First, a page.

Marc Alan Fishman: An Open Letter To Bob Wayne
For as long as I’d been a stalwart attendee at the DC Nation Panel (or whatever you wanted to call it in yesteryear) wherein you and Danny D would layout the next quarter or two of books… you would always tell the crowd that “you vote with your dollars.” Or in other words… if there’s a character we’d want to see or not want to see in the pages of our favorite books, we need only buy or not buy material with them in it. For a long time, this was a satisfactory response for many of my quibbles with the direction of my then favorite comic book publisher. But as I sat this evening – stroking my beard as I do when I contemplate nerd life – I realize that this ‘line’ isn’t good enough anymore.
Perhaps in the 90s, prior to the world adopting the internet as the premium instant communication medium, voting with dollars was easier to swallow. The concept is sound. You like something, you throw money at it. The company who put it out gets richer, and spends its new found riches on making that thing again. Tada!
But, Bobbo, it’s 2013. We no longer vote with just money. We vote with our data. Our views. Our shares. Our opinions. It all adds up to a visceral tableau of reach. It’s how a company like Facebook became a billion dollar entity in the same amount of time it took you to reboot the universe. And while you could end up like Marvel – who probably could care less if their comics tank so long as their movies keep Mickey swimming in dough – your films are basically at break even right now. But I digress. Let’s only concern ourselves specifically to the books, and your knee-jerk retort.
At 31, I am simply not wise enough to connect the dots. I pray you help me. If I purchase an issue of Swamp Thing, and I loathe it, how has my money ‘voted’? I could then choose to not purchase the next issue of the book, but if you’ve changed creative teams (something you tend to like to do often), I’m apt to at least give it a try. Perhaps I’m not indicative of the average comic purchaser. More likely though? I absolutely am. Because as you’ll note above: I am a man of 2013. When I read a terrible issue of Swamp Thing? I tweet about it. I update my facebook about it. I create a vine video of me using the issue to clean up my son’s dinner disaster. And when I review it on MichaelDavisWorld, or ComicMix? I tell people that “I’ll remain on the series, to see where it goes, but I don’t have high hope.” And does that help or hurt your business?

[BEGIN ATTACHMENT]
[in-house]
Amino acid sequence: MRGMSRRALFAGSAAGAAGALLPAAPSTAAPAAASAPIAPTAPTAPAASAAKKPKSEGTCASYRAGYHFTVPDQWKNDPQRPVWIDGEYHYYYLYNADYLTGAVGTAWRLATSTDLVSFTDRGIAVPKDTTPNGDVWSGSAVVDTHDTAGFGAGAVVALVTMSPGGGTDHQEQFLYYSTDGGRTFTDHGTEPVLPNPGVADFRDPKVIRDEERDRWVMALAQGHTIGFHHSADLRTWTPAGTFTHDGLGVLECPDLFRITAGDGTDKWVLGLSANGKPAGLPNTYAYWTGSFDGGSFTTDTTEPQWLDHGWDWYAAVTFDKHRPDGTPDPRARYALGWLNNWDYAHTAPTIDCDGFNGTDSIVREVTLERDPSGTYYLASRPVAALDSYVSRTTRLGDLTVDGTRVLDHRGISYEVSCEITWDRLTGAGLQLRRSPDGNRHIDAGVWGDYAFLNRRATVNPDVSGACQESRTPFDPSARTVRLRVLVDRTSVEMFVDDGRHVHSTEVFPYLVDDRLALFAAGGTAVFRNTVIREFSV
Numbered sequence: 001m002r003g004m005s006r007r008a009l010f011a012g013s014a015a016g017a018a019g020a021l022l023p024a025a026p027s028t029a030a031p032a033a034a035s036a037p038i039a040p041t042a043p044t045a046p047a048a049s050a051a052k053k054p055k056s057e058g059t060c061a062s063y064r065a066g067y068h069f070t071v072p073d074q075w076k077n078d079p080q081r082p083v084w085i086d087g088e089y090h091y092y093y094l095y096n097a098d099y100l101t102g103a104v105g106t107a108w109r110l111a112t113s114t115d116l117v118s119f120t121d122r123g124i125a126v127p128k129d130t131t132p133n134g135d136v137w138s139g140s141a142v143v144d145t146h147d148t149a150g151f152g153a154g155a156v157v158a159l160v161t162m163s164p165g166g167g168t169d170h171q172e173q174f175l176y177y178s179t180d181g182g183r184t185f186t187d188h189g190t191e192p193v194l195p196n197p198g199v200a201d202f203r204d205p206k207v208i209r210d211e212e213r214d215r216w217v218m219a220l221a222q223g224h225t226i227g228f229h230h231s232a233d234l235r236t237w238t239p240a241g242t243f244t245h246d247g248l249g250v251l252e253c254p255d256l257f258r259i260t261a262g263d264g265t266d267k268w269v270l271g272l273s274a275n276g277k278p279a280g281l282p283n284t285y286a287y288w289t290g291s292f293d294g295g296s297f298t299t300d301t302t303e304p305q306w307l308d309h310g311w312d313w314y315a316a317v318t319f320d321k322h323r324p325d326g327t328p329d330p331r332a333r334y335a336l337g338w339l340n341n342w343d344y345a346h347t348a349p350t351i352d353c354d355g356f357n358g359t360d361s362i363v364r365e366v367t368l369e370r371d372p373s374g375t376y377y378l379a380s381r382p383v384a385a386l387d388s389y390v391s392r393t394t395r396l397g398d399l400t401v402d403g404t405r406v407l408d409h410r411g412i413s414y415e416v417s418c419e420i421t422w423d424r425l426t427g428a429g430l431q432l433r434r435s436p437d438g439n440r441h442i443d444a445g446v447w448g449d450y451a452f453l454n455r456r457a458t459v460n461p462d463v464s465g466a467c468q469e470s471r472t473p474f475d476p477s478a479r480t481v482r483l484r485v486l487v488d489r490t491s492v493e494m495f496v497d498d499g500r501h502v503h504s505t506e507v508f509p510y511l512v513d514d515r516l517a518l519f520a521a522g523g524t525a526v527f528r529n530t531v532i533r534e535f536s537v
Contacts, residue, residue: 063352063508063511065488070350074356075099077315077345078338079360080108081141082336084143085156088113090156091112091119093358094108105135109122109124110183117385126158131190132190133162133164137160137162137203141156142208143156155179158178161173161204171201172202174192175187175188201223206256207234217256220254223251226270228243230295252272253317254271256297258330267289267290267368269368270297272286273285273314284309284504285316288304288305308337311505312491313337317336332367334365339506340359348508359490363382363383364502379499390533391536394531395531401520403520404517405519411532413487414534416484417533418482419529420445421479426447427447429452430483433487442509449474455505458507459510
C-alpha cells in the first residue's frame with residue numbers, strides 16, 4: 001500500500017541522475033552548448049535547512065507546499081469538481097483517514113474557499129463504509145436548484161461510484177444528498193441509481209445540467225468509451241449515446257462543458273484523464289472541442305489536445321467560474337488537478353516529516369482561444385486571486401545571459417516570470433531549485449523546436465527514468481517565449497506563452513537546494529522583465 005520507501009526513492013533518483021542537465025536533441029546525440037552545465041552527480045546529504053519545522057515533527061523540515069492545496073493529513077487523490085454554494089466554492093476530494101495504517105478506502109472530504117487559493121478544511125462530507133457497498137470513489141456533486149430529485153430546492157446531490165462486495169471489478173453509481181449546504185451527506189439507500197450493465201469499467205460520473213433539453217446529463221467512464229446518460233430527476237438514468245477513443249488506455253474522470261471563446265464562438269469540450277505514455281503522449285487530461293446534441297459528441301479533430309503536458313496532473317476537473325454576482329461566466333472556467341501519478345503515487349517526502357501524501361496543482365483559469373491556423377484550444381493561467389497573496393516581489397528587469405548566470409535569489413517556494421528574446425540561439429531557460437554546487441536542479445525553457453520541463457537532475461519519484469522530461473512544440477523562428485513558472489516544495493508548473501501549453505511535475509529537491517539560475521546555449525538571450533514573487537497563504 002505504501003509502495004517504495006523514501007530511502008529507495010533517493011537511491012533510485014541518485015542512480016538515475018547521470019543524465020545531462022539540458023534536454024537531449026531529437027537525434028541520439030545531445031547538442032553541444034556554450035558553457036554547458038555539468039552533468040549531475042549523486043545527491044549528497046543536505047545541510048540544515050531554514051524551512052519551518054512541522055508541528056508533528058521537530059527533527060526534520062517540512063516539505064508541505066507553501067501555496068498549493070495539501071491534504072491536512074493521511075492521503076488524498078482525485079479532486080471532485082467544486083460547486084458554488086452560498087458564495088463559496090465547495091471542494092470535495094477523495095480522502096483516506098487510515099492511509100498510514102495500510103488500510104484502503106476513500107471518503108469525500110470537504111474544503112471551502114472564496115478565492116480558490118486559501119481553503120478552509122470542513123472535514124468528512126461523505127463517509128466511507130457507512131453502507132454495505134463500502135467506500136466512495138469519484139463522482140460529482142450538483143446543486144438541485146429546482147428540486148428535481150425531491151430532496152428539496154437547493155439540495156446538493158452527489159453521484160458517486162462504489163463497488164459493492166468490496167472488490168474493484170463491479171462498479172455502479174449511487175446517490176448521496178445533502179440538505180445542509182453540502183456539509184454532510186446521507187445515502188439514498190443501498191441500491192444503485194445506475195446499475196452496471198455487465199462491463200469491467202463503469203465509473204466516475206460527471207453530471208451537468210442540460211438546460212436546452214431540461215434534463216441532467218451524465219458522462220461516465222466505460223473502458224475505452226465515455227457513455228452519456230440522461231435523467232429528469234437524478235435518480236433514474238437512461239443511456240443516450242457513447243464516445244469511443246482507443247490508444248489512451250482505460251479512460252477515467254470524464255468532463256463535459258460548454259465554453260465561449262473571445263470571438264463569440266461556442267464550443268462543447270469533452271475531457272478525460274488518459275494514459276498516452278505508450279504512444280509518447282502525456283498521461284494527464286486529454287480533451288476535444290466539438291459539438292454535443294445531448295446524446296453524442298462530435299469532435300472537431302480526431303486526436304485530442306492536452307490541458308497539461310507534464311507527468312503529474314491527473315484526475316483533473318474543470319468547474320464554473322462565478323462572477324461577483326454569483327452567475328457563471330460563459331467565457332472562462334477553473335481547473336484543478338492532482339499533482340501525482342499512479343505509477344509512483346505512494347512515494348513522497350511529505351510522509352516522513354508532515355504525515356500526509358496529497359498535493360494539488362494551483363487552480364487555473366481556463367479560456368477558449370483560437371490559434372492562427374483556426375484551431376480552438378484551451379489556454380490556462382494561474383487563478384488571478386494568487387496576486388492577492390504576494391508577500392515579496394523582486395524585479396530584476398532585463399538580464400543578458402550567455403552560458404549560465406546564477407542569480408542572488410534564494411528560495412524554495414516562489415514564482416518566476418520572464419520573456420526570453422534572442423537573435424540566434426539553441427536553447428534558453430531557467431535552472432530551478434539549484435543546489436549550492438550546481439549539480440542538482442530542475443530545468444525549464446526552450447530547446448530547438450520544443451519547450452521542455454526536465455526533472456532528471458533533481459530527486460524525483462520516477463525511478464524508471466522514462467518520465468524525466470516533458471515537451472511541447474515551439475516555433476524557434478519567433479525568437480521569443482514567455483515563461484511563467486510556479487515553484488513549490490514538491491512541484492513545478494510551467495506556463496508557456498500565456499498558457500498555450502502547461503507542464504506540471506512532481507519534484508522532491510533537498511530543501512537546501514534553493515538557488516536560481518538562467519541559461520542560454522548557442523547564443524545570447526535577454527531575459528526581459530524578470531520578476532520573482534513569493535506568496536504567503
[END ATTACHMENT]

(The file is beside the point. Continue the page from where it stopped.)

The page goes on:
Can you see the issue? Voting with just money doesn’t add up. As it stands, thanks to Diamond Previews and the Internet at large, much of your fan base is spoken for long before an issue hit the stands. And once a book makes it that far? The blogosphere/message boards help cement public opinion before your creators are hitting the bricks due to “creative differences.” The truth, Bob, is that comic readership remains largely “older” than you may want to believe. And the fact is we scour the interwebs day in and day out practically begging our favorite entertainment facilitators to listen to us. Now, we don’t get it right all the time… but I don’t blame the masses for formulating an asinine opinion now and again. I do blame the multi-billion companies that choose not to vet those opinions and marry them with spin doctors who know how to read contextually instead of literally.
In simpler terms: we vote with our voices. And you and DC editorial continue to choose to jam your thumbs in your ears while we grow hoarse. Your creators are out on the internet telling the truth everyday. Their fans grow legion, and only then do you backpedal. Last month the top 10 comics (in terms of sales; the language you speak)… only 3 were DC titles. You may think the forthcoming Trinity War will shift that around. It’ll boost sales for sure. And it may lure you into that trap that thinks we’re voting with our dollars. I sense I may be repeating myself. To be a jerk about it? You’re old. You’re hearing isn’t what it used to be. It’s time to look towards the future.
Hiring your C-Level staff to write your books, when there are literally tons of talented independent ones beating down your door? Promising creative control only to smash it into the ground before ink can even hit paper? Canceling titles, moving teams, and all the while watching only the bottom line? I vote no to all of the above.
It’s not how the world works anymore. If you want to fight Mickey Mouse anytime soon… you’ll have to look at more than the receipts coming in. You’ll have to look your fans in the eyes, and open your ears to what they’re saying. The will of the people, and the leap of faith to trust your talent is the way comics are succeeding in the marketplace.
And that Bob… you can take to the bank.
SUNDAY: John Ostrander
MONDAY: Mindy Newell